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This paper argues for investing in free universal high quality childcare services in order to reduce gender inequality in earnings and employment. It estimates the employment-generating and fiscal effects of investing in free universal childcare in Côte d'Ivoire, Nigeria, Rwanda, Senegal, and the United Republic of Tanzania. The study estimates the total costs of investing in childcare services to increase the enrollment (coverage) rate for children in formal childcare services to different target levels.
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This report explores some key indicators of women’s economic empowerment in labour markets and women’s political participation and economic leadership in the Indian Ocean Rim region through three dimensions: resources, agency, and achievements. It highlights good practices, case studies, and challenges and opportunities for investments and initiatives, and provides key recommendations for Indian Ocean Rim Association (IORA) Member States and other stakeholders to realize women’s economic empowerment in the region.
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This report examines the roles of women in fisheries and aquaculture in countries of the Indian Ocean Rim Association (IORA) and the challenges and opportunities for their economic empowerment. The report provides a set of recommendations for policymakers and other stakeholders to further advance gender equality and women’s economic empowerment in this sector.
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Analysing data from 11 national household surveys, this research found that, while women typically earn less than men and pay more in transfer fees, the average remittance amounts they send are the same as or even greater than those of men, implying that they tend to remit a larger portion of their earnings than do men. The research also showed that migrant women are more dependent on in-person cash transfer services to send remittances.
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Across sub-Saharan Africa, the agricultural sector remains critical to local and regional economies. Based on original research in five countries (Ethiopia, Malawi, Rwanda, Uganda, and United Republic of Tanzania), this policy brief shows that gender gaps in agricultural productivity do not arise because women are less efficient farmers but because they experience inequitable access to agricultural inputs, including family labour, high-yield crops, pesticides, and fertilizer.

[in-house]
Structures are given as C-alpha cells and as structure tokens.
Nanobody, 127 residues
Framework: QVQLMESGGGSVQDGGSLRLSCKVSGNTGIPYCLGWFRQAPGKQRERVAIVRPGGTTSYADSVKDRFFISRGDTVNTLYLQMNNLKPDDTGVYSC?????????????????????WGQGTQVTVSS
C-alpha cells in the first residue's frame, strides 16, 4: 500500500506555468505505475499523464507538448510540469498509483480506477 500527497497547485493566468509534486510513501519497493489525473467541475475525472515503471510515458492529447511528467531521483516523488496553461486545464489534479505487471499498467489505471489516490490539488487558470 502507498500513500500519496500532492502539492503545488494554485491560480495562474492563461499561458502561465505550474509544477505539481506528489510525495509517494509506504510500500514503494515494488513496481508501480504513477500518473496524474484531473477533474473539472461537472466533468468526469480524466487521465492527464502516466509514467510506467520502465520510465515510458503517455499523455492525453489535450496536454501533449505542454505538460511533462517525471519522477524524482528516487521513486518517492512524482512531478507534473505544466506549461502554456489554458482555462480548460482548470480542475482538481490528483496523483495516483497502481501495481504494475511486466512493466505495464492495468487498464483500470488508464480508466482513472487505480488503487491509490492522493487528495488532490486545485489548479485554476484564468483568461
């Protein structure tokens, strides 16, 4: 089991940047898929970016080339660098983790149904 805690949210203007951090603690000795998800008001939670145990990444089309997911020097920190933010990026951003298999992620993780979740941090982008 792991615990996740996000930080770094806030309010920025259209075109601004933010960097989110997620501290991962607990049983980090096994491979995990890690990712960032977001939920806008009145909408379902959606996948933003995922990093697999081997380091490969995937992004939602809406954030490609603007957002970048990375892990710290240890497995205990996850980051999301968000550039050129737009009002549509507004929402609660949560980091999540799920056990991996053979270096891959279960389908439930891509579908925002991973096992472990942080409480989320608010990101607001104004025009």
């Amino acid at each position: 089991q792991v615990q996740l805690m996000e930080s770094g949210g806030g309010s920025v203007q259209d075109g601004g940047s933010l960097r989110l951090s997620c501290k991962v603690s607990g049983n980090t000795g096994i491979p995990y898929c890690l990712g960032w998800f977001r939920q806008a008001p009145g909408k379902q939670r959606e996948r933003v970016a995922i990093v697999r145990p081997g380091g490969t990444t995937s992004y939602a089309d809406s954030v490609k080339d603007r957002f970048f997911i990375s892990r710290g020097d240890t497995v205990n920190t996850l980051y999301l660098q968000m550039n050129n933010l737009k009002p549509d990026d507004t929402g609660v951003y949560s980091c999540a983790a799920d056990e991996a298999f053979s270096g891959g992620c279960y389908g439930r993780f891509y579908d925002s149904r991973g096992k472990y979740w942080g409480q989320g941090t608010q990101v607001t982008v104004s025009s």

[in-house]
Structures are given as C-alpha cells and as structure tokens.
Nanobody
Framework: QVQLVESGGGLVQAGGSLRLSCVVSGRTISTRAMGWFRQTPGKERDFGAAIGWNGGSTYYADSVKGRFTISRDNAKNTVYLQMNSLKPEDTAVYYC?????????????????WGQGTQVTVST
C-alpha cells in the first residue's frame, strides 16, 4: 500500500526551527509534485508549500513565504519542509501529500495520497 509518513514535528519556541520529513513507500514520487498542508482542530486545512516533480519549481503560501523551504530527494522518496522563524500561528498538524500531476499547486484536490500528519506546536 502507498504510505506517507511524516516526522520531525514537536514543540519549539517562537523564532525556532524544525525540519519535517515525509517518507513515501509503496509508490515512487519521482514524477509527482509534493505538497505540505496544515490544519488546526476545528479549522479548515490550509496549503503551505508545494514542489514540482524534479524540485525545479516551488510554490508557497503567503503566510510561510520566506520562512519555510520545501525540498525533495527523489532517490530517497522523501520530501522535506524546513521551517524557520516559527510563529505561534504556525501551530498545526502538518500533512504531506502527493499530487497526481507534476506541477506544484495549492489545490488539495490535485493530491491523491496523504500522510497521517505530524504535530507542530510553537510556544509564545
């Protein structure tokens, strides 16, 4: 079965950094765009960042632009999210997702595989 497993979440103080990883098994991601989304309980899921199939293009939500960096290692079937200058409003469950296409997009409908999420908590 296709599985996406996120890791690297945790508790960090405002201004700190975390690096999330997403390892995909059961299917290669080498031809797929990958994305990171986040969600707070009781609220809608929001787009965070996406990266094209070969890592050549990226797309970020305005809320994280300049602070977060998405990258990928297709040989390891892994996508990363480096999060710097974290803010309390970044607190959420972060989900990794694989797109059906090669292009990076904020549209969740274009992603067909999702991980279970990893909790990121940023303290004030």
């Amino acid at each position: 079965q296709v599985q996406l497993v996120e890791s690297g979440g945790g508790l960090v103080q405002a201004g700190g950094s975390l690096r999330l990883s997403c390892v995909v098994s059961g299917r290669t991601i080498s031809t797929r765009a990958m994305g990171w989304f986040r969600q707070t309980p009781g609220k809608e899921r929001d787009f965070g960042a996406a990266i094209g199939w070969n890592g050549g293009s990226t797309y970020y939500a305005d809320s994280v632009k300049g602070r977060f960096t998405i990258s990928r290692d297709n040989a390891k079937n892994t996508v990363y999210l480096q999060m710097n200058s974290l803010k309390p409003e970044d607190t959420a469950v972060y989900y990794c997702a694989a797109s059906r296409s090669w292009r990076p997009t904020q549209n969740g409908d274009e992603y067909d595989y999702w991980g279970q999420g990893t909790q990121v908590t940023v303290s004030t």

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This policy brief reviews the effects of cash transfers on the rights and capabilities of adolescent girls and boys, using a gender and capability lens and focusing on three key capability domains: education, sexual and reproductive health, and freedom from violence. Based on this evidence, the brief highlights the importance of a “cash plus” approach to enhancing adolescents’ multidimensional well-being and achieving the 2030 Agenda for Sustainable Development.
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This discussion paper examines the impacts of shifting policies in relation to family reunification and internal dispersal on the experiences of female Syrian asylum seekers in Germany. It sheds light on how female Syrian asylum seekers and recognized refugees have coped with diverse challenges before arriving, during long-lasting separations, after subsequent reunifications in Germany, or after arriving alone.
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UN Women Jordan’s cash-for-work programme in refugee camp settings—as part of its holistic response to the Syria crisis, seeks to restore dignity and normalcy to refugees by providing them ways to engage their skills and labour in refugee camp-based economies. The programme combines cash for assistance with the provision of social services such as day care, emergency medical support, life skills and remedial education and civic engagement, to provide a holistic approach to supporting women’s empowerment and gender equality. The report presented reflects the findings of programme monitoring undertaken in 2015. The data highlights the importance of engaging people productively to build gender equality and combat violence against women, while enhancing household dietary diversity and food security through increased household spending.
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This report provides a unique quantification of the costs in terms of lost growth opportunities and an estimate of what societies, economies, and communities would gain if the gender gap in agriculture is addressed. The findings of this report are striking, and send a strong signal to policy makers in Africa as well as development partners that closing the gender gap is smart economics. Consider this: closing the gender gap in agricultural productivity could potentially lift as many as 238,000 people out of poverty in Malawi, 80,000 people in Tanzania, and 119,000 people in Uganda.
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This publication is an inter-agency assessment of gender-based violence, including forced or early marriage, and child protection issues among Syrian refugees in host communities in Jordan. It consisted of a household survey, focus group discussions, and in-depth interviews covering 11 out of 12 governorates in Jordan, targeting almost 80 per cent of the refugee population that is not residing in the camps.